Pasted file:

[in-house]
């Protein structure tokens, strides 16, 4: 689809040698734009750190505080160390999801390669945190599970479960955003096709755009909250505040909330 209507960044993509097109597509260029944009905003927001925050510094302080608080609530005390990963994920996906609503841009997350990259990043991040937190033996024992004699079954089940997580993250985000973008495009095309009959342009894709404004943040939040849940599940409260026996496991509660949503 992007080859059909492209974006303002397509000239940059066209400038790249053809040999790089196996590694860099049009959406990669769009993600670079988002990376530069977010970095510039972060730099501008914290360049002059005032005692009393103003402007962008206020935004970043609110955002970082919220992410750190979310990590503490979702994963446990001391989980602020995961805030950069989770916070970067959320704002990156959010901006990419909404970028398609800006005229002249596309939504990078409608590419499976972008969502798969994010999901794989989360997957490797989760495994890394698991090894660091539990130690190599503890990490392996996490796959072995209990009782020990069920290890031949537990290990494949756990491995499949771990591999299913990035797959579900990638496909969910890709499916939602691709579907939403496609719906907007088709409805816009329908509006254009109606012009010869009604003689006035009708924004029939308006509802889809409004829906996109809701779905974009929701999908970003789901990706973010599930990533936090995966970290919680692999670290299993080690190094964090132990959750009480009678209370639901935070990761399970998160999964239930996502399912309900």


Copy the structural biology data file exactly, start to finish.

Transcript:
[in-house]
């Protein structure tokens, strides 16, 4: 689809040698734009750190505080160390999801390669945190599970479960955003096709755009909250505040909330 209507960044993509097109597509260029944009905003927001925050510094302080608080609530005390990963994920996906609503841009997350990259990043991040937190033996024992004699079954089940997580993250985000973008495009095309009959342009894709404004943040939040849940599940409260026996496991509660949503 992007080859059909492209974006303002397509000239940059066209400038790249053809040999790089196996590694860099049009959406990669769009993600670079988002990376530069977010970095510039972060730099501008914290360049002059005032005692009393103003402007962008206020935004970043609110955002970082919220992410750190979310990590503490979702994963446990001391989980602020995961805030950069989770916070970067959320704002990156959010901006990419909404970028398609800006005229002249596309939504990078409608590419499976972008969502798969994010999901794989989360997957490797989760495994890394698991090894660091539990130690190599503890990490392996996490796959072995209990009782020990069920290890031949537990290990494949756990491995499949771990591999299913990035797959579900990638496909969910890709499916939602691709579907939403496609719906907007088709409805816009329908509006254009109606012009010869009604003689006035009708924004029939308006509802889809409004829906996109809701779905974009929701999908970003789901990706973010599930990533936090995966970290919680692999670290299993080690190094964090132990959750009480009678209370639901935070990761399970998160999964239930996502399912309900």